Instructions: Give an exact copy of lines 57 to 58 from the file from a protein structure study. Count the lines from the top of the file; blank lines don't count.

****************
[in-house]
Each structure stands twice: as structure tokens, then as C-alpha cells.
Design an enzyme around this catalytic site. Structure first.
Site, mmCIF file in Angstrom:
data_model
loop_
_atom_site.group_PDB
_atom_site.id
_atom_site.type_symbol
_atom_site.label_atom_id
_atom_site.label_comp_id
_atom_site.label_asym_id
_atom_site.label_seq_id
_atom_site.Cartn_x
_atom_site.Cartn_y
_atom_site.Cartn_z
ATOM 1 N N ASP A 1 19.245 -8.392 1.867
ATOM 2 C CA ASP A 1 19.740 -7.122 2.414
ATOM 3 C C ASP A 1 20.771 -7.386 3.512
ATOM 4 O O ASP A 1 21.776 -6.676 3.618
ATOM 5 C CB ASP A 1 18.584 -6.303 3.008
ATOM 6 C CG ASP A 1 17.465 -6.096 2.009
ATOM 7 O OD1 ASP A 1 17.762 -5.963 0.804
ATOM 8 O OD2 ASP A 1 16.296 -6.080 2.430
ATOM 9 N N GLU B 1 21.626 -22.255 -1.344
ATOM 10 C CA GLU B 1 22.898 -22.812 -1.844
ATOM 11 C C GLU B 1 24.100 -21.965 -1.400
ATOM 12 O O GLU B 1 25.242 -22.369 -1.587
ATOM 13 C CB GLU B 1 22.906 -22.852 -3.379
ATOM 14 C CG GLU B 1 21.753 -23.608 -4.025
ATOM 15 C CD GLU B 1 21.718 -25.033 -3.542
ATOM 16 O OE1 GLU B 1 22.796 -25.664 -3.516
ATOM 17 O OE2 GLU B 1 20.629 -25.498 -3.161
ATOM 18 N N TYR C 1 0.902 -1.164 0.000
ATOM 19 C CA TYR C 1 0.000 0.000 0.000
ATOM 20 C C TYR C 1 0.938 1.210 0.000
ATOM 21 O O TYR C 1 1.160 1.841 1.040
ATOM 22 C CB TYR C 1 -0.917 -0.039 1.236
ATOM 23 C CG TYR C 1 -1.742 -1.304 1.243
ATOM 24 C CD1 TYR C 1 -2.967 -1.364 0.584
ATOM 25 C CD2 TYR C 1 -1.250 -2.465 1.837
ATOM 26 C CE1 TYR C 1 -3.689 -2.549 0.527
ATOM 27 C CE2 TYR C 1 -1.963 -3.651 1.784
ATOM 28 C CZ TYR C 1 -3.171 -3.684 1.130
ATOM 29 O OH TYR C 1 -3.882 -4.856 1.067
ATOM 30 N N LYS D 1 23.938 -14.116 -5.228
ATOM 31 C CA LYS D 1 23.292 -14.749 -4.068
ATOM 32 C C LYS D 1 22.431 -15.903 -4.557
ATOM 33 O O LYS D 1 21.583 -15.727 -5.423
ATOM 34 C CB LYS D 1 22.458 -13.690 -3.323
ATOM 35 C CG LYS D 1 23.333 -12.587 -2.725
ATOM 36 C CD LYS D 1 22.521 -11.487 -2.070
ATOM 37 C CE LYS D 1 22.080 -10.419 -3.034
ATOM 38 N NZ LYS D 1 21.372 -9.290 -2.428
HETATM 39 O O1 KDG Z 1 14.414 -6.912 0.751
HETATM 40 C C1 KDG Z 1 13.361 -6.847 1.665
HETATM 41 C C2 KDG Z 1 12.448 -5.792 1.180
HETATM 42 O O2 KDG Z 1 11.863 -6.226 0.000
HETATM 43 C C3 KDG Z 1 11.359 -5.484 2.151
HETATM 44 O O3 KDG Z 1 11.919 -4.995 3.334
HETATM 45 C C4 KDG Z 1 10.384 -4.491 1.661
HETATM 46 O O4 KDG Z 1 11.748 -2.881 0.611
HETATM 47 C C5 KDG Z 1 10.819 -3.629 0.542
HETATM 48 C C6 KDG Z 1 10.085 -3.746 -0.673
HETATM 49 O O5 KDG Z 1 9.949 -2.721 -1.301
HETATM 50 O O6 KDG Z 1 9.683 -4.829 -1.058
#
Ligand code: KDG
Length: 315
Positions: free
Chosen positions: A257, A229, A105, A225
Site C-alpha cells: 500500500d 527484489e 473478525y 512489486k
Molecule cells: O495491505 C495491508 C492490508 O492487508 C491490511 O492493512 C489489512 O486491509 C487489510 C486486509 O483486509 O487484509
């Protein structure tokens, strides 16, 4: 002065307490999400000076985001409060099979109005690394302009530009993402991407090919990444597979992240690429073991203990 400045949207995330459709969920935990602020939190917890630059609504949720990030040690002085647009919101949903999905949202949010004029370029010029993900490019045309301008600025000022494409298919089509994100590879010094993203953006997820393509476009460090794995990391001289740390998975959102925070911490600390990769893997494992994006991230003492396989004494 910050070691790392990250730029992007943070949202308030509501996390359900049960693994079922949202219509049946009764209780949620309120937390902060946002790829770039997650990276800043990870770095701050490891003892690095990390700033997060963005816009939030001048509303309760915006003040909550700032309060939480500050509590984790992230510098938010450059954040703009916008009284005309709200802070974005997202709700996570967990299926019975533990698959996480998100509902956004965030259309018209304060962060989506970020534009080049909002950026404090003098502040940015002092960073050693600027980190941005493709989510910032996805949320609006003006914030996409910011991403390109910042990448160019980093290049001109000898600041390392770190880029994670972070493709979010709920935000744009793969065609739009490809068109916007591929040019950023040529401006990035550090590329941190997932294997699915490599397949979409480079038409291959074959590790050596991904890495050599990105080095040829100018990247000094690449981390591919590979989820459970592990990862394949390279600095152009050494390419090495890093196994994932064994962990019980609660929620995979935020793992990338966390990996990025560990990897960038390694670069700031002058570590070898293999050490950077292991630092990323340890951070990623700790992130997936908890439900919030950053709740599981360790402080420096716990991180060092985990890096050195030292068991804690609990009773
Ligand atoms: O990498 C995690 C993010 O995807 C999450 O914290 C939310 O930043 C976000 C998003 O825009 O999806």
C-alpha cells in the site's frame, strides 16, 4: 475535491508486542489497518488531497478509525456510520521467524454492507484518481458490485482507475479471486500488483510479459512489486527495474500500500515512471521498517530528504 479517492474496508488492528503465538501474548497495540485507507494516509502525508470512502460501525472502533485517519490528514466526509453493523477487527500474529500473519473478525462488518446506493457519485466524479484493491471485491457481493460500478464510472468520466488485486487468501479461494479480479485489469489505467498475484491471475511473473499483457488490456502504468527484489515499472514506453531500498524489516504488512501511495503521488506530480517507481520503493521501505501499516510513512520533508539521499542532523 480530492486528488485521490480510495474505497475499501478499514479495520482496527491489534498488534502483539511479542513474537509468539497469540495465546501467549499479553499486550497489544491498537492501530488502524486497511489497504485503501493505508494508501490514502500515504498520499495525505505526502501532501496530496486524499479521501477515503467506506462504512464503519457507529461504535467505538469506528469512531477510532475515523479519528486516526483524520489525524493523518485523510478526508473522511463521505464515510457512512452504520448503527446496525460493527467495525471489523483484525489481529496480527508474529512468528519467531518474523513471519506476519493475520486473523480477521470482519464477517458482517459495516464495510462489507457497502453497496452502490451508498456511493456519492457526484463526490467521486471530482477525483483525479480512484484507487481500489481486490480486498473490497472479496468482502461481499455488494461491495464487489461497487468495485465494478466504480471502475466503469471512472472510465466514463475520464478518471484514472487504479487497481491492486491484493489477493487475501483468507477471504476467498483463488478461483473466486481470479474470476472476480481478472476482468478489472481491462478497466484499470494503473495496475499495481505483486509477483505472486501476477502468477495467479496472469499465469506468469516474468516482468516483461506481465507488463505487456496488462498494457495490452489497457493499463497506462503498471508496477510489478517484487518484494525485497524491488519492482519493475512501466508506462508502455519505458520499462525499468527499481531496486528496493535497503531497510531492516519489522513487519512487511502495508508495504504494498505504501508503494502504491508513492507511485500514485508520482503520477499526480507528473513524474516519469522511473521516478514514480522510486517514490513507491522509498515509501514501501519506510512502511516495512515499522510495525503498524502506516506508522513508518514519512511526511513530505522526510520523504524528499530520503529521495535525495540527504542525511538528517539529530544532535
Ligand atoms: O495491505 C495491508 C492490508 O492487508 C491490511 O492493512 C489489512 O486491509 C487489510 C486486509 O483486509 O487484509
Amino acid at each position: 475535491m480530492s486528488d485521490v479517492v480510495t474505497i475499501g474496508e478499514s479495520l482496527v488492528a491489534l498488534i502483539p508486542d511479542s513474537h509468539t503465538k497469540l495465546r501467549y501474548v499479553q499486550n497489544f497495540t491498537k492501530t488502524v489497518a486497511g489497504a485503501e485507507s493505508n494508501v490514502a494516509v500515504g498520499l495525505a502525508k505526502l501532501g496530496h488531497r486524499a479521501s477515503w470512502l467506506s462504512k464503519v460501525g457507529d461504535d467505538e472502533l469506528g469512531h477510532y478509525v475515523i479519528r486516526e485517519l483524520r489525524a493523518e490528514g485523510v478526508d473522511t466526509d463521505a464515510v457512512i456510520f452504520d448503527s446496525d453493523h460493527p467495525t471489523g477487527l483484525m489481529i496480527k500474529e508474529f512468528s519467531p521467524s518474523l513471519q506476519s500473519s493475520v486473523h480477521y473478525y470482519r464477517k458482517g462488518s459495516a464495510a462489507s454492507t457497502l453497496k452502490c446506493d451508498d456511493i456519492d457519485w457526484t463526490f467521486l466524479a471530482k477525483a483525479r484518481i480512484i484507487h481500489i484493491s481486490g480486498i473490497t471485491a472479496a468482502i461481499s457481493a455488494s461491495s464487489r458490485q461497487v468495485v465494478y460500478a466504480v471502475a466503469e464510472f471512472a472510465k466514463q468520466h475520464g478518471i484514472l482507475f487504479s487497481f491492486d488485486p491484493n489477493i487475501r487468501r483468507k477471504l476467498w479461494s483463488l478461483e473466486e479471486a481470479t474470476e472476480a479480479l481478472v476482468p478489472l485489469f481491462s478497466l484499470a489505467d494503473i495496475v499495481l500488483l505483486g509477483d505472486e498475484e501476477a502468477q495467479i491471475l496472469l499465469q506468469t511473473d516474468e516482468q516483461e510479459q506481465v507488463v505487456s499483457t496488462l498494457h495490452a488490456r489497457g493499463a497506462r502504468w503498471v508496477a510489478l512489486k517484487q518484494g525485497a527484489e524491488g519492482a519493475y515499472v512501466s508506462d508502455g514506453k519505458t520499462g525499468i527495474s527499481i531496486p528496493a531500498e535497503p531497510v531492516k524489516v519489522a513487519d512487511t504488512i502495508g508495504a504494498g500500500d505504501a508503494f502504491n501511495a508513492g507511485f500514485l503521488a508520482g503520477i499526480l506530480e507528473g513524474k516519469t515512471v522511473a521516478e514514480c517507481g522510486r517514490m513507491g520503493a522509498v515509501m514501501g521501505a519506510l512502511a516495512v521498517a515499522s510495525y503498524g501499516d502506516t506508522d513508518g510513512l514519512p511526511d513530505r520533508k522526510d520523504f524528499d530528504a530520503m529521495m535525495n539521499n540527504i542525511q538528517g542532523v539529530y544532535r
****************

HETATM 41 C C2 KDG Z 1 12.448 -5.792 1.180
HETATM 42 O O2 KDG Z 1 11.863 -6.226 0.000